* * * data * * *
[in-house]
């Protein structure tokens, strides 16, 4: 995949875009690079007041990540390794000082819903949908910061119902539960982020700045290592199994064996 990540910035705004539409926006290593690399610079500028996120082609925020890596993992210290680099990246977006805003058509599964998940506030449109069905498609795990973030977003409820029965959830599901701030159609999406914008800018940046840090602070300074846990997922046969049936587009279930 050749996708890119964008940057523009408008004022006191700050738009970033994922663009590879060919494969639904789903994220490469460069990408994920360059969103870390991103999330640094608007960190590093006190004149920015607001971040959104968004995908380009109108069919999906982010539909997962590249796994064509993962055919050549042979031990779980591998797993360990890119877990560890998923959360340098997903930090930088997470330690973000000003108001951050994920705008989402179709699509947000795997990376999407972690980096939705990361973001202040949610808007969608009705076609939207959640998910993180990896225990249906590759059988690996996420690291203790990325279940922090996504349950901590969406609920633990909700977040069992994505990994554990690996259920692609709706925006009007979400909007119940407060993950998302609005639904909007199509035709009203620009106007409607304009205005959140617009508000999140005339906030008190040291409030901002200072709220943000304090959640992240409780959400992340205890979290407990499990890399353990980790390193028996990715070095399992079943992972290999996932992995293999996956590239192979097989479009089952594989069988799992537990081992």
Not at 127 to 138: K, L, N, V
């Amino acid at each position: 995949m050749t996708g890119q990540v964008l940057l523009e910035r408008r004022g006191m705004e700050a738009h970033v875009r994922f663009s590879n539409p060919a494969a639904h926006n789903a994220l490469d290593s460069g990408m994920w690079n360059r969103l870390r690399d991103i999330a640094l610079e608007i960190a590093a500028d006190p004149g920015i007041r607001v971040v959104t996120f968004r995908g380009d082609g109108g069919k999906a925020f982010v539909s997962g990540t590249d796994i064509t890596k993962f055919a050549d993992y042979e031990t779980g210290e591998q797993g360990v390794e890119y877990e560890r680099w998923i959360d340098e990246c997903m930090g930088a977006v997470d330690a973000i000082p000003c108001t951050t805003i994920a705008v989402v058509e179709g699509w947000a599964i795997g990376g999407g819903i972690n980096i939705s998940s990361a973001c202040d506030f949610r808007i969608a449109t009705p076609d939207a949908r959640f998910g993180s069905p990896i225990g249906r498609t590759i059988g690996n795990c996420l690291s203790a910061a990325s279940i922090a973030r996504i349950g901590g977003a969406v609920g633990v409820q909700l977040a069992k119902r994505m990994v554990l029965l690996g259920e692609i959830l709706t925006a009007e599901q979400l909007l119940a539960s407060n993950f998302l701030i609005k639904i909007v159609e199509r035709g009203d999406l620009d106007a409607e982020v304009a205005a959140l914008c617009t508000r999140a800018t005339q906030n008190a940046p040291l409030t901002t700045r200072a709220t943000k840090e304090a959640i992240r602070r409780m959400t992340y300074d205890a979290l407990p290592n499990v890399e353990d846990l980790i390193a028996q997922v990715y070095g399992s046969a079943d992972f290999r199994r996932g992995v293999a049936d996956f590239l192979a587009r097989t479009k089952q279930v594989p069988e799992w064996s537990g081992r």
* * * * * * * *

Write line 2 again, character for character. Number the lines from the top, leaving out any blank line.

């Protein structure tokens, strides 16, 4: 995949875009690079007041990540390794000082819903949908910061119902539960982020700045290592199994064996 990540910035705004539409926006290593690399610079500028996120082609925020890596993992210290680099990246977006805003058509599964998940506030449109069905498609795990973030977003409820029965959830599901701030159609999406914008800018940046840090602070300074846990997922046969049936587009279930 050749996708890119964008940057523009408008004022006191700050738009970033994922663009590879060919494969639904789903994220490469460069990408994920360059969103870390991103999330640094608007960190590093006190004149920015607001971040959104968004995908380009109108069919999906982010539909997962590249796994064509993962055919050549042979031990779980591998797993360990890119877990560890998923959360340098997903930090930088997470330690973000000003108001951050994920705008989402179709699509947000795997990376999407972690980096939705990361973001202040949610808007969608009705076609939207959640998910993180990896225990249906590759059988690996996420690291203790990325279940922090996504349950901590969406609920633990909700977040069992994505990994554990690996259920692609709706925006009007979400909007119940407060993950998302609005639904909007199509035709009203620009106007409607304009205005959140617009508000999140005339906030008190040291409030901002200072709220943000304090959640992240409780959400992340205890979290407990499990890399353990980790390193028996990715070095399992079943992972290999996932992995293999996956590239192979097989479009089952594989069988799992537990081992």